The Kimberley Process is an initiative launched under the aegis of the UN shortly after the end of the Sierra Leone civil war – in which gem trafficking had been central. Today, the scheme applies to almost all the diamond trade around the world.
Is the definition too narrow?
According to the UN’s definition, blood diamonds are “rough diamonds used by rebel movements to finance their military activities, especially attempts to undermine or overthrow legitimate governments.” Élise Rousseau, a researcher at the National Fund for Scientific Research, says that this definition is restrictive and ill-matched to the reality of present-day conflict situations1.
A fairer, more effective definition should include human rights abuses such as the use of child labour. In June 2010, NGOs were already calling for a new definition of conflict diamonds: the Marange mining site in Zimbabwe had just been admitted to the Kimberley Process2. A year later in August 2011, the BBC broadcast a radio documentary on diamonds in Zimbabwe and on torture camps at the mining sites.
Corruption and embezzlement are also a source of problems. In December 2013, journalists Khadija Sharife and John Grobler published an article on the topic ‘Kimberley’s Illicit Process’. The report highlighted how over 3.5 billion dollars of diamonds from Angola and the DRC had been diverted and under-invoiced at free ports such as Geneva and Dubai, after which they re-entered the legal market.
The case of the Central African Republic
During the plenary session from 12 to 16 November 2018 at Brussels, the leader of the Central African Republic, Faustin Archange Touadéra, did everything possible to get the Kimberley Process’s embargo on sales of the country’s diamonds lifted. There is indeed a highly unstable situation in the country: armed factions control some of its diamond fields. This is why diamond exports are only authorized one a month, from just five specific zones across the country3.
The Central African Republic (CRA) is the only country which still has some blood diamond production zones. Last July 30, three Russian journalists were assassinated in the CRA while they were investigating suspected links between the Wagner group, a private Russian arms firm, and the trafficking of CRA diamonds.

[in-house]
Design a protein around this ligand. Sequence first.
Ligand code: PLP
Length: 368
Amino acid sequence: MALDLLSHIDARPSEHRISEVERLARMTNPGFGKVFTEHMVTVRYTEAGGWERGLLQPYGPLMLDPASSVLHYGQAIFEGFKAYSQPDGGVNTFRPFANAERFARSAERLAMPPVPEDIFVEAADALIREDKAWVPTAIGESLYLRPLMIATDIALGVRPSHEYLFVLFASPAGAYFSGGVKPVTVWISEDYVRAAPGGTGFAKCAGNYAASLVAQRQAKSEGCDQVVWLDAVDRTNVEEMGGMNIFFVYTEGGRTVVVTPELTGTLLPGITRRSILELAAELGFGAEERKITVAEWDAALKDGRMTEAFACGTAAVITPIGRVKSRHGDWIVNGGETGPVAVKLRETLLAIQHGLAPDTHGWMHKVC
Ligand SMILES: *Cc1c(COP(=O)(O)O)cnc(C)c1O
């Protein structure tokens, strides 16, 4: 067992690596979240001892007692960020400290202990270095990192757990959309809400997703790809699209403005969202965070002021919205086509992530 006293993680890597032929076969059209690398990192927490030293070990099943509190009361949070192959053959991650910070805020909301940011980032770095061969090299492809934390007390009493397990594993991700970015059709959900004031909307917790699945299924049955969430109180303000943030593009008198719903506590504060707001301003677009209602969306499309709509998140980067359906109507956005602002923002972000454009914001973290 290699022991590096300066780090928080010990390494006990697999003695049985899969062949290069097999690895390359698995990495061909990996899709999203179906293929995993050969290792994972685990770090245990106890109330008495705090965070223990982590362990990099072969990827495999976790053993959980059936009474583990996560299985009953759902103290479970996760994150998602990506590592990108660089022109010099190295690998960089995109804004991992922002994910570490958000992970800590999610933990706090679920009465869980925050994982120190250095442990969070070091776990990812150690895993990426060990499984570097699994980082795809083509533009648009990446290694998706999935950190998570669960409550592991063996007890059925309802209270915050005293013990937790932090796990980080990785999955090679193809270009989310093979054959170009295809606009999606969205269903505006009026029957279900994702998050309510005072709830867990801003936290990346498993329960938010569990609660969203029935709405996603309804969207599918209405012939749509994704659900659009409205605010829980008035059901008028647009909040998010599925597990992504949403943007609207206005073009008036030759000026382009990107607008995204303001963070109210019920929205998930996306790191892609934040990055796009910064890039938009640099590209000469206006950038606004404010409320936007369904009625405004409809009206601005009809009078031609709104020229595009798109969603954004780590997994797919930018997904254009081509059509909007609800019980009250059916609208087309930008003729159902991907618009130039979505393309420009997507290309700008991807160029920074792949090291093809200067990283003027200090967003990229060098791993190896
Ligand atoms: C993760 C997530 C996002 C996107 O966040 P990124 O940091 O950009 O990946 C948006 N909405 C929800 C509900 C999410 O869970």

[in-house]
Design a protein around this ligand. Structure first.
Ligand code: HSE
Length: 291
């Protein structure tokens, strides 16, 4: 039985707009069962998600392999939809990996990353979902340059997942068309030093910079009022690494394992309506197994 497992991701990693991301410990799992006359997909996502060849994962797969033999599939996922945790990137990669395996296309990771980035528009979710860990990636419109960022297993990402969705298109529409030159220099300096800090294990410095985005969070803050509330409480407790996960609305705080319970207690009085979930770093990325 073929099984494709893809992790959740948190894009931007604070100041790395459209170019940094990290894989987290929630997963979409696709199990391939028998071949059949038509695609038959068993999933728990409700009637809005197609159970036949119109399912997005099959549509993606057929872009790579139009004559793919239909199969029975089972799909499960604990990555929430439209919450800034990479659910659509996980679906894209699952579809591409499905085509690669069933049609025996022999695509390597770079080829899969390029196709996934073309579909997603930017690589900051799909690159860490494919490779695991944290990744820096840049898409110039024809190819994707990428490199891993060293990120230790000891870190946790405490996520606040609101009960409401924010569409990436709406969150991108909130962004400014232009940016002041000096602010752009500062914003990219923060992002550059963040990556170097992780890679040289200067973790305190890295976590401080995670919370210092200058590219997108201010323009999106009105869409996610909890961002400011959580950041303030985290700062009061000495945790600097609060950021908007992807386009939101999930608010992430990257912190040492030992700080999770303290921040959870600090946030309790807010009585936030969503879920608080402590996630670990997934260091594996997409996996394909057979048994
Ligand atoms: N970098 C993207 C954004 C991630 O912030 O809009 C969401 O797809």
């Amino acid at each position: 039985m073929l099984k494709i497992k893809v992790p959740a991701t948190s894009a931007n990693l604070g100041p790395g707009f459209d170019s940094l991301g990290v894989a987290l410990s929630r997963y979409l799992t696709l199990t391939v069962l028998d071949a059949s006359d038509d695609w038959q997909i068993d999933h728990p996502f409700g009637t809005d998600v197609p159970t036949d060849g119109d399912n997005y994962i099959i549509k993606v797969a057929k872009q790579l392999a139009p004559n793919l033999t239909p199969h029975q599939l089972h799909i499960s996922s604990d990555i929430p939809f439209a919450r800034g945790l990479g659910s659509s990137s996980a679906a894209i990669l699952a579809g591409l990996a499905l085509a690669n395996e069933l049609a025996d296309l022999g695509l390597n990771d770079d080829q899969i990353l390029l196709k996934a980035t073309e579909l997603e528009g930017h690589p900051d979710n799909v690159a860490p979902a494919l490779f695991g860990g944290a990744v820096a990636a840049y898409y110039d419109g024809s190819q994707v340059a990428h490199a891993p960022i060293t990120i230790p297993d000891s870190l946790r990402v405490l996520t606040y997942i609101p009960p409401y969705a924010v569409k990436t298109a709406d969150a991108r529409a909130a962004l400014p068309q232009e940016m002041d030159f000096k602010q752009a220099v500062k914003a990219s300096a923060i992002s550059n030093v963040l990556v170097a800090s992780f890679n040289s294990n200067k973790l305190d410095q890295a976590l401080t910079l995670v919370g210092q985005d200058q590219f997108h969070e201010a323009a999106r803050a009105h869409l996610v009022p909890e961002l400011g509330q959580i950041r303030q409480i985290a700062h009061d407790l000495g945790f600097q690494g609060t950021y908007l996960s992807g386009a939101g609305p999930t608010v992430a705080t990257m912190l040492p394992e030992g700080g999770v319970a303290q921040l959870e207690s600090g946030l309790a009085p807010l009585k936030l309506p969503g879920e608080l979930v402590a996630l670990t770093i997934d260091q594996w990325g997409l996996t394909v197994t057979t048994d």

Élise Rousseau is adamant that the CRA is not the only country where diamond mining is happening in the midst of violence. “Several States, mainly from central Africa, still refuse any change of the definition, condemning the neo-colonial slant of this project, which is mainly led by States from the West. They also make an economic argument: if the PK mandate were widened, several governments would no longer be able to meet the minimum requirement to participate in the diamond trade. This would have a huge impact on countries whose economies depend on exporting this primary material”4.
The European Union at the presidency
Since January 2018, the EU has held the annually rotating presidency of the Kimberley Process. It has been looking to broaden the notion of blood diamond, especially to include any sort of violence surrounding the diamond trade. Since the conclusion of the plenary session, there has been no statement in favour of such definitional change. India, the next country to preside, doesn’t want to change the current definition.
The need to perfect traceability
Diamonds authorized for transit are packaged with Kimberley certificates attesting to their origin. Without this document, it’s impossible to carve the stone or to export it. But once a diamond has been carved and polished, it disappears off the radar5. Moreover, it continues to be easy to smuggle out of African countries where administrative corruption facilitates diamond certificate fraud. Transit countries are also especially problematic in the diamond trade6.
1 Élise Rousseau, ‘Diamants de sang: pourquoi il faut réformer le processus de Kimberley’, Le Monde, 08/2018.
2 Sacha Pavan, ‘Diamants de conflits – Histoire ancienne ou réalité?’, Or duMonde, 11/2017.
3 ‘Diamants: agenda chargé pour Peter Meeus à la plénière du Kimberley’, Africa Mining Intelligence, 11/2018.
4 Élise Rousseau, ‘Diamants de sang : pourquoi il faut réformer le processus de Kimberley’ Le Monde, 08/2018.
5 Thierry Vangulick, ‘Processus de Kimberley: renforcer la chasse aux diamants de sang ‘, RTBF, 11/2018.
6 Marc Roche, ‘Centrafrique – journalistes assassinés: les ‘diamants de conflits’ au cœur de l’enquête’, Le Point, 08/2018.